With short-term and low-level alcohol use, the brain can recover fairly well and regain balance relatively easily. After long-term and excessive use, the brain experiences withdrawal and has difficulty maintaining its balance. This causes the brain to seek more of the neurotransmitters which are increased by alcohol use. This is also what causes the brain to crave alcohol. 

Over time, the brain is conditioned to understand that dopamine, GABA, serotonin, and glutamate are necessary for survival, and that without it, you’re in danger. This chemical interaction in your brain can reinforce the pattern of drinking to self medicate. However, with tools like therapy, medication, and peer accountability, you can take steps to ‘rewire’ your brain.

Person standing on beach

 3. Adverse biological side effects

If you’re consistently experiencing negative physical side effects related to alcohol consumption, it’s likely your alcohol use has become unhealthy. Similar to some medications, alcohol can provide short-term relief. However, unlike many FDA-approved prescription drugs, alcohol’s side effects can make the underlying issues worse. Usually when we consider taking prescription medication, we will read over the side effects and evaluate whether or not it’s the right decision. Imagine considering a medication that has a proven 98% chance of causing the following symptoms:

  • Emotional issues
  • Significant neurochemical imbalance
  • Poor judgement
  • Slurred speech
  • Shrinking brain
  • Nightmares
  • Insomnia
  • Blackouts
  • Dizziness
  • Impulse control issues
  • Lethargy
  • Hallucinations
  • Confusion
  • Amnesia
  • Anger
  • Depression
  • Addiction
  • Vomiting
  • Diarrhea
  • Anxiety
  • Organ failure
  • Liver failure
  • Renal failure
  • Seizures 
  • Memory loss
  • High blood pressure 
  • Heart damage
  • Cancer 
  • Infertility
  • Birth defects
  • Liver damage
  • Pancreatitis 
  • Malnutrition 
  • Diabetes
  • Inflammatory issues
  • Decreased immune response 
  • Brain damage
  • Kidney issues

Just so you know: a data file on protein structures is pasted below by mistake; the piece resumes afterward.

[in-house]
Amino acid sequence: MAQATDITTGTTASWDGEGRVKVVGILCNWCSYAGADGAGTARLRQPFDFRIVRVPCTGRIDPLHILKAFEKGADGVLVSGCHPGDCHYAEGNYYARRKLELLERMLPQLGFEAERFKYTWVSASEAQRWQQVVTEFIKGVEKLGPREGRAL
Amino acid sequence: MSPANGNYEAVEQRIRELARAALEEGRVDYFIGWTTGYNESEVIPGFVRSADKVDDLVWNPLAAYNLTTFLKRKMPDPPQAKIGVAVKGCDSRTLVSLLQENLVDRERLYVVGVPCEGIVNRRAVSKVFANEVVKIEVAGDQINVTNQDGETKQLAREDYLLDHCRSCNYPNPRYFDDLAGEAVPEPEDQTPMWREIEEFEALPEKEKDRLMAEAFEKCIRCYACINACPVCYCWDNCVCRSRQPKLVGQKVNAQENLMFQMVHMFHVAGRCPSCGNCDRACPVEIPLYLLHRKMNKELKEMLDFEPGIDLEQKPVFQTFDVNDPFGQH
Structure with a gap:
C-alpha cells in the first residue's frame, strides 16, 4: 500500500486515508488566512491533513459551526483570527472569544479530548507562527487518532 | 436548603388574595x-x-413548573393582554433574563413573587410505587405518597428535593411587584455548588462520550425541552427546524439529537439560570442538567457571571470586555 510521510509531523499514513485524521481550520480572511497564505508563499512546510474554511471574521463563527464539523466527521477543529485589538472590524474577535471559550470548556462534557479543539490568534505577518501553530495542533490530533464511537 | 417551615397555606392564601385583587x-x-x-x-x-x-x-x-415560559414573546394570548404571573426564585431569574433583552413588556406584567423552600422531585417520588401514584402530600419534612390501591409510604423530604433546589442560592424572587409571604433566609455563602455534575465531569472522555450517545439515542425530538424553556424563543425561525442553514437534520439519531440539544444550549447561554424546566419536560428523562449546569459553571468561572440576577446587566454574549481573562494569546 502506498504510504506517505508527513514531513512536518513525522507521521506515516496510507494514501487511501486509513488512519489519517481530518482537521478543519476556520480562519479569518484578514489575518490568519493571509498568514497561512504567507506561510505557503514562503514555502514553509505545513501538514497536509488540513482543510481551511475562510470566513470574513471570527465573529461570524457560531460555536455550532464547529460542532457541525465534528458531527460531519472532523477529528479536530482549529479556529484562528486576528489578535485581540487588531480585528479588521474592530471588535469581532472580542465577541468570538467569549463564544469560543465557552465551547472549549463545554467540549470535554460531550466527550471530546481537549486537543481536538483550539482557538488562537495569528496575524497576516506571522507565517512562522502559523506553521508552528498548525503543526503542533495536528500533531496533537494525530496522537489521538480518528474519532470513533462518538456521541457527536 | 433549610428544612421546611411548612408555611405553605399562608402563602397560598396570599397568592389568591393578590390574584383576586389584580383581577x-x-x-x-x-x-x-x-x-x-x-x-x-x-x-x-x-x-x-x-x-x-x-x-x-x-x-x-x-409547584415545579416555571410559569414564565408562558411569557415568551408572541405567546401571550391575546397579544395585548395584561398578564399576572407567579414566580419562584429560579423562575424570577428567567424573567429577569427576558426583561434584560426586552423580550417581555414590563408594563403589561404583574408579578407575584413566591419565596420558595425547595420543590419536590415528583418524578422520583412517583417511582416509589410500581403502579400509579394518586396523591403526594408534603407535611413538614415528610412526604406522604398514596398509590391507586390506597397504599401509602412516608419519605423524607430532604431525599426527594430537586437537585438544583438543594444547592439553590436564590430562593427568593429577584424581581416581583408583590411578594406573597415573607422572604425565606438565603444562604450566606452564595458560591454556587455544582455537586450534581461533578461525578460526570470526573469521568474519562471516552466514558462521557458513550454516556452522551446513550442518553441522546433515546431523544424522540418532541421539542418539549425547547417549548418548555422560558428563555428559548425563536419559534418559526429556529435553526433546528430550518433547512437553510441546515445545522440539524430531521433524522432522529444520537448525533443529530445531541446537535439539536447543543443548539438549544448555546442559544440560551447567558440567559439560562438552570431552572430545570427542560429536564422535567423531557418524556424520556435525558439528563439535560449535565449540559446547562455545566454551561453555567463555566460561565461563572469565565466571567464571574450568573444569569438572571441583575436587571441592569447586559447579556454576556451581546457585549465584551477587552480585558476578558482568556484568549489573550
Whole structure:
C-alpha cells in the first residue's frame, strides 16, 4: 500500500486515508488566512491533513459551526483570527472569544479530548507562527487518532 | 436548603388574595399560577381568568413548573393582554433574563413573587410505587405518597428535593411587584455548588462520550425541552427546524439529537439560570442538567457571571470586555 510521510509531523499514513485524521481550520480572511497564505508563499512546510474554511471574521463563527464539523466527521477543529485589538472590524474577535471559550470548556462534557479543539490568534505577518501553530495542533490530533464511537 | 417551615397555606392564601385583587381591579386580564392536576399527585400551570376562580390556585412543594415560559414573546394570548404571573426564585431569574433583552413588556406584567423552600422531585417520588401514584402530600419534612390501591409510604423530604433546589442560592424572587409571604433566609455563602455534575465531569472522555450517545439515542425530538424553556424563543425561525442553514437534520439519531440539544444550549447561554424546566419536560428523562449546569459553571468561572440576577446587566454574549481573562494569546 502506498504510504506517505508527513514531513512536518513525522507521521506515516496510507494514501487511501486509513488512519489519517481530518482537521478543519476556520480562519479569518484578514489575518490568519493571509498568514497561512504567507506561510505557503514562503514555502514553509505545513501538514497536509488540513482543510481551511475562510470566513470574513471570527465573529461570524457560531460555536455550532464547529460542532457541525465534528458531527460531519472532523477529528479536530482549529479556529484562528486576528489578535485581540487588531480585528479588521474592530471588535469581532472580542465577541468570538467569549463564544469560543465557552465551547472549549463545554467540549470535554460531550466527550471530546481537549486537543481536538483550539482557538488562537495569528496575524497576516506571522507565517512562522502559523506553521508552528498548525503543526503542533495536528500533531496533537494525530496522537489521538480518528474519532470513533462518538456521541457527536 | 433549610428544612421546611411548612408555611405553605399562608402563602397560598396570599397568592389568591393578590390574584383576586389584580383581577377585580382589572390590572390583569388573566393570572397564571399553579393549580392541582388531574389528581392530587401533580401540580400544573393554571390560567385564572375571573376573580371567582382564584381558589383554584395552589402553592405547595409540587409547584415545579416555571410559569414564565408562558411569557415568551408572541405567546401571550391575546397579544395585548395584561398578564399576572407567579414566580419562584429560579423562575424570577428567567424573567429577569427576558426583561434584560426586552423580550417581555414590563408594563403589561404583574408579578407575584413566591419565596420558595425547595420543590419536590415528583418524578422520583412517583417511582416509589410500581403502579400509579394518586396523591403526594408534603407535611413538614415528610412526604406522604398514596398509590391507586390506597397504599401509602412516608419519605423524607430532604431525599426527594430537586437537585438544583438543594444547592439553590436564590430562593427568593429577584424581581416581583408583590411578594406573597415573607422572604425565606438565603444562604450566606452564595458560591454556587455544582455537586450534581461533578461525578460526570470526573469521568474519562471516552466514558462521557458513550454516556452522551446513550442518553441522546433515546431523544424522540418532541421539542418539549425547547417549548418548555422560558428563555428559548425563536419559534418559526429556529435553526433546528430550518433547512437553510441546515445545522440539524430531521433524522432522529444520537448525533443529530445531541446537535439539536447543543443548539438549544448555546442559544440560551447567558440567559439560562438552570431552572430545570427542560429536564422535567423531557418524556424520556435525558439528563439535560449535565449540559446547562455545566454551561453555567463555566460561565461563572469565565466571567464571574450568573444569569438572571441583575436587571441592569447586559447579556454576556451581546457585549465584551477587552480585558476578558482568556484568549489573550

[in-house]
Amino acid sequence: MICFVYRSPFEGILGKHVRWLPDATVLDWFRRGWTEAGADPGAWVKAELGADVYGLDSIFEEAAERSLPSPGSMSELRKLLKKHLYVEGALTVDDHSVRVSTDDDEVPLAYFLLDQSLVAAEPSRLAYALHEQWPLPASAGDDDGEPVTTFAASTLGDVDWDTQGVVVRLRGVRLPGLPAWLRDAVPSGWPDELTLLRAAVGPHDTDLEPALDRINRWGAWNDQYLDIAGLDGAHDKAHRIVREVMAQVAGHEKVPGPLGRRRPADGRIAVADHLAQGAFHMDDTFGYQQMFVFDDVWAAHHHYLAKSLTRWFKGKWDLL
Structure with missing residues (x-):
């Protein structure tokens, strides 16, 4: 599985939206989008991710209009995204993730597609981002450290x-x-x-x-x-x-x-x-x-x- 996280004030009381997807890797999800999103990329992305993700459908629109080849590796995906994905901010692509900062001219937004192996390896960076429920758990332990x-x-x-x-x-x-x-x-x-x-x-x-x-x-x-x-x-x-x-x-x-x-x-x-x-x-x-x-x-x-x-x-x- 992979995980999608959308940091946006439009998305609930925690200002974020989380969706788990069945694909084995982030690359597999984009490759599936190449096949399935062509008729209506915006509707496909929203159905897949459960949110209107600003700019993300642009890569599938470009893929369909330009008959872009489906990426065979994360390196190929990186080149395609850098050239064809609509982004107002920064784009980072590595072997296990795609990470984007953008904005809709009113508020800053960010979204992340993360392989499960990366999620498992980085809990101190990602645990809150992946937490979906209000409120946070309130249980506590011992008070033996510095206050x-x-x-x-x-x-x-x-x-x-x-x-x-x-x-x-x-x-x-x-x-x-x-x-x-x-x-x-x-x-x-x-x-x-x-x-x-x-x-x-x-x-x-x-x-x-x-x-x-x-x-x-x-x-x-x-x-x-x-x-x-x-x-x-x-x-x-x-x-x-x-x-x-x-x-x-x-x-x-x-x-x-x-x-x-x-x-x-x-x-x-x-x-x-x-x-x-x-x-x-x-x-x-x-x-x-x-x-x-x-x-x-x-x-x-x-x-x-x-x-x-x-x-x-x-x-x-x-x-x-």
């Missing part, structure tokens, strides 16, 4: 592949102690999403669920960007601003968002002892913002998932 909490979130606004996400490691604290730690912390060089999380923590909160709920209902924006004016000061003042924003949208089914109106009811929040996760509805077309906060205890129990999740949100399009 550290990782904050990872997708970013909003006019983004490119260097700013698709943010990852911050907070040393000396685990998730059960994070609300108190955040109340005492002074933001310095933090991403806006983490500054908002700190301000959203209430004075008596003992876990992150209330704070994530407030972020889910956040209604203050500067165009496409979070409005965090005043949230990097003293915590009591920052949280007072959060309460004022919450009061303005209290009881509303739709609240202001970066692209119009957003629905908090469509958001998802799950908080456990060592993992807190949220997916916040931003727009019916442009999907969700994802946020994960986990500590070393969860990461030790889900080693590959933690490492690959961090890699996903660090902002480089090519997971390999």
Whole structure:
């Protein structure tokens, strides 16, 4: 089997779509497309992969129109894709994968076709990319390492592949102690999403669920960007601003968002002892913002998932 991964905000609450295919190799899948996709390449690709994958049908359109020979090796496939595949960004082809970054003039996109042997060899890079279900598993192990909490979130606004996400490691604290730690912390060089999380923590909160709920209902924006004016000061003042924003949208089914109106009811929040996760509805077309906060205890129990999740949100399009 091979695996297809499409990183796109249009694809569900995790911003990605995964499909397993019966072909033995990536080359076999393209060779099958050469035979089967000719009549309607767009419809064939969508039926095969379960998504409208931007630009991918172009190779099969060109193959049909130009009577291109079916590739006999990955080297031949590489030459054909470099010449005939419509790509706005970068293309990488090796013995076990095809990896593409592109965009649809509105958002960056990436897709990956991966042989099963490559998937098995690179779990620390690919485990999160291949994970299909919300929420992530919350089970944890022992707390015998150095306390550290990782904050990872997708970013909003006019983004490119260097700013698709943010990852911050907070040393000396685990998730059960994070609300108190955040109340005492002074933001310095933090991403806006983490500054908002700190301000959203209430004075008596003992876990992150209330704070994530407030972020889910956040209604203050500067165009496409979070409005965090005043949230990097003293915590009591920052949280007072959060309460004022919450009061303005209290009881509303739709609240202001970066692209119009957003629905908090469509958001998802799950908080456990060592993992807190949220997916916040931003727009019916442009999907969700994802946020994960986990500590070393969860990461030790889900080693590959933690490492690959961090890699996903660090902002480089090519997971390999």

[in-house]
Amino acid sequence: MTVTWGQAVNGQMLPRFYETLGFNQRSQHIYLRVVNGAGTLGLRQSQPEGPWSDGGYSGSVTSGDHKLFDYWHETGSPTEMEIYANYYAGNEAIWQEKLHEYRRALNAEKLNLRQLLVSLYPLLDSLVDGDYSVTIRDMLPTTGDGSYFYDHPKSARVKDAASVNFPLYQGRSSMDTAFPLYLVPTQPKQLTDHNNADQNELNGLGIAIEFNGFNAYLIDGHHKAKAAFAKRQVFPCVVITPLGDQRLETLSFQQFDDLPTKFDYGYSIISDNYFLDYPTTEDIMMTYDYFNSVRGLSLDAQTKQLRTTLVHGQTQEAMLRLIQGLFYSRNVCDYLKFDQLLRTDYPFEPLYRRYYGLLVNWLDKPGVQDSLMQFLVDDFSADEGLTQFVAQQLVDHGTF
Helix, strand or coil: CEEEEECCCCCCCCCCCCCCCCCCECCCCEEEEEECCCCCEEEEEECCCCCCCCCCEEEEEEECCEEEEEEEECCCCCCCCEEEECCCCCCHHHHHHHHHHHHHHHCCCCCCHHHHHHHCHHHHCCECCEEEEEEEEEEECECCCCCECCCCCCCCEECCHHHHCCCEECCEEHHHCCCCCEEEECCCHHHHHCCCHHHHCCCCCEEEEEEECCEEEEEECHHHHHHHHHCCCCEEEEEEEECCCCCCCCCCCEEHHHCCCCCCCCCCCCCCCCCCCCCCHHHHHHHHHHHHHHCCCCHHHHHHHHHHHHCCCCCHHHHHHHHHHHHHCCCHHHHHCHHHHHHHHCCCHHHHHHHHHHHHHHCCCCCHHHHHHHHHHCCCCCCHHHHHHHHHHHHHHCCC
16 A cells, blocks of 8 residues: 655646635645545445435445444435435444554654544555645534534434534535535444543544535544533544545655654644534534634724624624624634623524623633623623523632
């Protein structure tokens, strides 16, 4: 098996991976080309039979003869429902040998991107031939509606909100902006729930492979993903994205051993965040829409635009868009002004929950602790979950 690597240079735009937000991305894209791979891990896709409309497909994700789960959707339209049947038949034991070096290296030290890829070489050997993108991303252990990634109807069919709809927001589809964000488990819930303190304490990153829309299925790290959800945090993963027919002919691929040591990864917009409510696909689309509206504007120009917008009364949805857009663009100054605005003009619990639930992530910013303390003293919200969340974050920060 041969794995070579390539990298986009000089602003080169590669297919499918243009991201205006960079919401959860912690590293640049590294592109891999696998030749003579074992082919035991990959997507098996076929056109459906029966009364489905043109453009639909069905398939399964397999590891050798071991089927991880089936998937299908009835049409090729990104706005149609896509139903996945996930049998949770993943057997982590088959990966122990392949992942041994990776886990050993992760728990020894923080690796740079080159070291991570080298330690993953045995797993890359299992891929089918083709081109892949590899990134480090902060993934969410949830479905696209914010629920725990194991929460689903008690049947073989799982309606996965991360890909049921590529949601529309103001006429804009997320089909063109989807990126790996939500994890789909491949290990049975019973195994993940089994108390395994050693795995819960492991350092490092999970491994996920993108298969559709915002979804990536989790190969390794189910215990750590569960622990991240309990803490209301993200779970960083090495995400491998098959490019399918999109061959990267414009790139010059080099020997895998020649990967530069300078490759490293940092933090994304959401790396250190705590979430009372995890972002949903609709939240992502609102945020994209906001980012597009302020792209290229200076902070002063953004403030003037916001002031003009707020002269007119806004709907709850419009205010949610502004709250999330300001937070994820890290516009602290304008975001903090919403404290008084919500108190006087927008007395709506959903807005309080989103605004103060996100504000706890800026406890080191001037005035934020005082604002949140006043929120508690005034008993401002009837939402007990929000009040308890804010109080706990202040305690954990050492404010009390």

• Loss of sensation
  • Difficulty in breathing
  • Death

Would you consider taking this medication? Alcohol is advertised, glorified and marketed as a socially accepted and exciting behavior. However, the effects of alcohol can be dangerous and even life-threatening. No one ever seeks to develop a dependence on alcohol or intentionally attempts to experience the above symptoms. It’s important to be aware of these potential side effects, and understand that they’re indicators that you can benefit from making a change. 

4. Adverse emotional and social consequences. 

Many of us have experienced more than one hangover and know how difficult it is to try to manage our day after we drink too much. Excessive drinking can affect our job performance, productivity, ability to drive a car, and so many other aspects that contribute to our daily routine. This can also negatively impact our personal and professional relationships. 

Moreover, a pattern of use can cause job loss, financial problems, and even legal problems. If your alcohol use is getting in the way of your daily responsibilities and routines, that could be a sign that you are self-medicating with alcohol to escape from your day-to-day reality. The good news is, when removing alcohol from your life, you can create the space to discover things to do instead of drinking

You also don’t have to go through that alone. Engaging in alcohol therapy can help you identify your core values, understand what brings you authentic joy, and build an alcohol-free life you love. It can also help you heal from past experiences and mend relationships affected by alcohol use.

Person walking in a fall coat by a river

5. Thinking about alcohol during the day and looking forward to it.